Aurora Gonzalez Castro

Aurora Gonzalez Castro Aurora Gonzalez Castro Aurora Gonzalez Castro Aurora Gonzalez Castro

Date of Birth: 
August 31, 1925

Place of Birth: 
San Antonio


Interviewed By: 
Anna Zukowski

Date of Interview: 
October 25, 2004

Place of Interview: 
San Antonio


By Anna Zukowski

Aurora Gonzalez Castro's story isn't just about her; it’s also the story of two half-brothers, Caesar and Alfred Castro, both musicians in military bands during World War II, as well as accomplished musicians after the conflict.

Castro’s marriage to the older half-brother, Alfred, after the 1966 death of Caesar, seems to have been destined. Alfred married Aurora Gonzalez June 8, 1968, and a reception was held in her sister's house after their marriage.

"It was meant to be,” said Castro of how she ended up with two musicians.

When she married Alfred in 1968, he took responsibility for his nephew and niece, raising them as his own children. She’d have another son with Alfred.

Castro was born in San Antonio on August 31, 1925. Her parents, Jose Federico and Enedina Noriega Federico, owned a grocery store and wanted to send her to Catholic school, but she disliked the overly protective nuns.

"I just felt like it was a dungeon," Castro said.

She recalls her mother bringing her and her sister tortillas for lunch at Ira Ogden Elementary School and at Washington Irving Junior High.

Although it was the Great Depression, she wasn’t tuned into the hard times.

"We never felt it because our parents wouldn't let us know," Castro said. "We never knew any better; we hadn't gone to the outside world to see how other people were living."

Even so, times improved for the Gonzalez family when jobs opened up after the war began. After Castro’s sister, Josephine, got a job as a saleswoman at Federal Lumber Co. in San Antonio’s South Zarzamora area, she and Castro were able to buy clothes, makeup and tickets for the movies for the first time. Castro remembers watching films with stars such as the blonde Lana Turner.

"Soon as we would come out of the movies, I would look at myself in the mirror and say[,] 'Oh, God, I certainly don't look like her,'" said Castro in a written note to the Project after her interview. "I did not have her figure, beautiful clothes, and was not as beautiful, ravishing and sexy as she was."

Castro met Caesar in the band at San Antonio Vocational and Technical High School, or Tech High School, now known as Fox Tech. She played the clarinet and he various brass instruments. They married after graduating in 1945.

Caesar enlisted in the Air Force and was stationed at Kelly Air Force Base in San Antonio with the 657th Air force Band. Castro did secretarial work, including stenography and typing, for the State Department of Public Welfare.

She says jobs like hers made Latinas more independent, particularly because they could command larger salaries, like $100 a month. She eventually became the supervisor for military service records and, recalls that other women didn't like having a female boss.

"But now, women are great in their profession," said Castro, who did civil service work for 39 years.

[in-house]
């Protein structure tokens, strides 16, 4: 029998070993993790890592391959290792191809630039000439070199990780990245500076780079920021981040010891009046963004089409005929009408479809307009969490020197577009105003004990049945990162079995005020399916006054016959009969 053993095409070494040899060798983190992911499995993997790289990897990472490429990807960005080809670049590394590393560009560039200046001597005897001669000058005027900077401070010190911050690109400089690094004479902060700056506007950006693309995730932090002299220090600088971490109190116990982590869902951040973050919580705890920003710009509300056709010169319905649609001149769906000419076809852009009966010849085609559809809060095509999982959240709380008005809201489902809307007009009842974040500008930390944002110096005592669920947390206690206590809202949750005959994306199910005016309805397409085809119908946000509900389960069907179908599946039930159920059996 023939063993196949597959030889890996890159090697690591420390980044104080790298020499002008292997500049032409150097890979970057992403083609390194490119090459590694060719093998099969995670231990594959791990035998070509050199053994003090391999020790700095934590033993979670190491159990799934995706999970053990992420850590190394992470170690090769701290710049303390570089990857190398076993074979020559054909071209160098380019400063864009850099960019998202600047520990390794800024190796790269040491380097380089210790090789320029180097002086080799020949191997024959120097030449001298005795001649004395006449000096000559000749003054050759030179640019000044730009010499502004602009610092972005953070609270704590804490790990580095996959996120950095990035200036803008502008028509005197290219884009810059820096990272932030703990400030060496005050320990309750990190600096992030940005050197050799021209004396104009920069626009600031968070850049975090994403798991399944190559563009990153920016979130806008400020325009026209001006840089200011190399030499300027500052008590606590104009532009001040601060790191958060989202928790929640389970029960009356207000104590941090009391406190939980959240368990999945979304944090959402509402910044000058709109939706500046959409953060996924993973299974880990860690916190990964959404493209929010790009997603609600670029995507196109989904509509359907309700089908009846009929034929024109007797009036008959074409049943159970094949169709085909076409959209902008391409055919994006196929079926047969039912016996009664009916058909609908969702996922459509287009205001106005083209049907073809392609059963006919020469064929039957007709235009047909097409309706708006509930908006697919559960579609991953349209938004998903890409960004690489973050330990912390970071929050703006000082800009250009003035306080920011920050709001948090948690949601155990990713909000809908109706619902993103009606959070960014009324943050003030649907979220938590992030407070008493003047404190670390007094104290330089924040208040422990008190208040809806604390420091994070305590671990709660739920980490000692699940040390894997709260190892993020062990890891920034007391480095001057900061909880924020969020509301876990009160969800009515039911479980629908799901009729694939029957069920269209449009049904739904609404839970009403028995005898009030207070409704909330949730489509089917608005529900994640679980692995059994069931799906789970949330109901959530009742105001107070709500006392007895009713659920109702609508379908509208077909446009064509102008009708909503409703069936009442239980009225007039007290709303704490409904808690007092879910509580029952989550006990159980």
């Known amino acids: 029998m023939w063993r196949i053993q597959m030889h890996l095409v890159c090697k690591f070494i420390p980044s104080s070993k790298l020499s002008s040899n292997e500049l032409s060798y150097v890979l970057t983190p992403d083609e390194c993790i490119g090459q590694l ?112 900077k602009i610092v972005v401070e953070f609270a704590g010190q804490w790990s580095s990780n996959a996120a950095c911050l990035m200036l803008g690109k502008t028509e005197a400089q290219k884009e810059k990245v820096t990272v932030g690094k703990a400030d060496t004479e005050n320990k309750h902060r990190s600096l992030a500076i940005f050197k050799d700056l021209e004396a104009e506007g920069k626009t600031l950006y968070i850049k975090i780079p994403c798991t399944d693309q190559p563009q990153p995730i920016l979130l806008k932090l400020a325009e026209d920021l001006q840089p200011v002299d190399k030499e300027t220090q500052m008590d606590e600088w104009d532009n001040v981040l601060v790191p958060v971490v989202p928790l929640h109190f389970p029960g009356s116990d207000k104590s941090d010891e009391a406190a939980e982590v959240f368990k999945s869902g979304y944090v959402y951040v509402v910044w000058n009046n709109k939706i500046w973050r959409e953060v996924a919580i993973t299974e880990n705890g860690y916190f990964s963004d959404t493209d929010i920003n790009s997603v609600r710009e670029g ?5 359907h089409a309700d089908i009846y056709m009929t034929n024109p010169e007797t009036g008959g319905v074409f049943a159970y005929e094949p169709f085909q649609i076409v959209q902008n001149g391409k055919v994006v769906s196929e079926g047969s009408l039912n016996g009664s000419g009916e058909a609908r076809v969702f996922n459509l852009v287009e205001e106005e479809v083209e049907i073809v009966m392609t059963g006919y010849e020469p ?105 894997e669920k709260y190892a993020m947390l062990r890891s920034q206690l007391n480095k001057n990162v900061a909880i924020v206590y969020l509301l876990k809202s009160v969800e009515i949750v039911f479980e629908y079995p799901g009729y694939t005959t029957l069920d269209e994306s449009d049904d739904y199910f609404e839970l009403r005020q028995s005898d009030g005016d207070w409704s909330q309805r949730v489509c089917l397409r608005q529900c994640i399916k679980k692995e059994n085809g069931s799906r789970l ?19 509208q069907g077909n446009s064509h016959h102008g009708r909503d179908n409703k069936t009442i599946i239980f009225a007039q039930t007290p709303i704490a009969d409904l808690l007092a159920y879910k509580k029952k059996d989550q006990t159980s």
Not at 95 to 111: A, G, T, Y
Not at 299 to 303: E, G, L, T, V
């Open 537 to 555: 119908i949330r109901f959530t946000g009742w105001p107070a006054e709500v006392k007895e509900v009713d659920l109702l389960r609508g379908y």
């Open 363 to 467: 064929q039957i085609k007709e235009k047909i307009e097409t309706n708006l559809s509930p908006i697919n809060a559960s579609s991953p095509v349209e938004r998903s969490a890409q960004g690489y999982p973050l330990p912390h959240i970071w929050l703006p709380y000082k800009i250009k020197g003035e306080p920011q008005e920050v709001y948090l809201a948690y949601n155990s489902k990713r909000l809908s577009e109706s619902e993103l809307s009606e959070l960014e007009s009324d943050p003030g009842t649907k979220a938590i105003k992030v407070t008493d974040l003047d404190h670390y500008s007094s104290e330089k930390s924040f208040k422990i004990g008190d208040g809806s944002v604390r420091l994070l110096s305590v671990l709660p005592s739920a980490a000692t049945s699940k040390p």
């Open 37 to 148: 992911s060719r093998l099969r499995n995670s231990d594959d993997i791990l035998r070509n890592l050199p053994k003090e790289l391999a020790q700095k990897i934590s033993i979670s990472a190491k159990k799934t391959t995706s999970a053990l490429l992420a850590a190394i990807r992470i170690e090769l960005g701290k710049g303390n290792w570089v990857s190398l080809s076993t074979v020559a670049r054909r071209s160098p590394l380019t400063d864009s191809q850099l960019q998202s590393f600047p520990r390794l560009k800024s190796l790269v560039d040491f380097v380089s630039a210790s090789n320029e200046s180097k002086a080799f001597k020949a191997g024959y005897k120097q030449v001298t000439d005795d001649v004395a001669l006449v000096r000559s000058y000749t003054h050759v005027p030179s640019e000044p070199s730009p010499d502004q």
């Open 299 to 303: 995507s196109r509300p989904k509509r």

In the 1950s, Caesar was stationed in Wiesbaden, Germany, as a musician. Castro stayed back home, but she and their two sons joined him in 1954 at Wheelus Air Force Base in Tripoli, Libya, in North Africa.

"We had a chance to travel, like to Istanbul, Turkey, but I was afraid to travel by myself with my two boys," Castro said.

"I was afraid to get lost," she writes.

After playing piano and various brass instruments for the Air Force, Caesar free-lanced in the music business until he died in August of 1966.

"I would like people to remember him as a very, very intelligent person ... with great musical ability," Castro said.

On Memorial Day of 1968, her oldest son, Caesar Charles, died in a car crash at the age of 20. In her grief, she turned to her Catholic faith. She also became close to her late husband's half-brother, Alfred. Ten years older than Caesar, he was also a musician.

Alfred’s mother, Juana Estrada Castro, had died of influenza. During WWII, Alfred had served as a musician in the Army. He and Castro married in the summer of 1968 and made their home in San Antonio.

"We really had a good life together, Alfred and I," Castro said.

Alfred and Caesar's father, Luis, was adamant all of his children -- two from his first wife and three from his second -- have musical training. The children were reminded to take good care of their hands, the tools of their possible trade. And the family moved about often, looking for jobs as musicians. During the Depression, Luis gathered a group of men and his little boy, Alfred, to play at house parties in cities like Austin, Beaumont and Houston.

"They would always put Alfred in front because they thought that he would bring more tips," Castro said.

Later, Alfred played with a Mexican vaudeville show, La Carpa Garcia. He formed his own group in 1983, Al Castro's Marimba Sounds, and it became a highly acclaimed trio; he played marimba.

"He flourished because this was just the place [San Antonio] where he needed to be with his talents," Castro said. "He met a lot of people and worked for a lot of personalities, like Barbara Bush."

But then, in June 2003, Alfred died. Castro says she honors the memory of both brothers.


Mrs. Castro was interviewed in San Antonio, Texas, on October 25, 2004, by Anna Zukowski.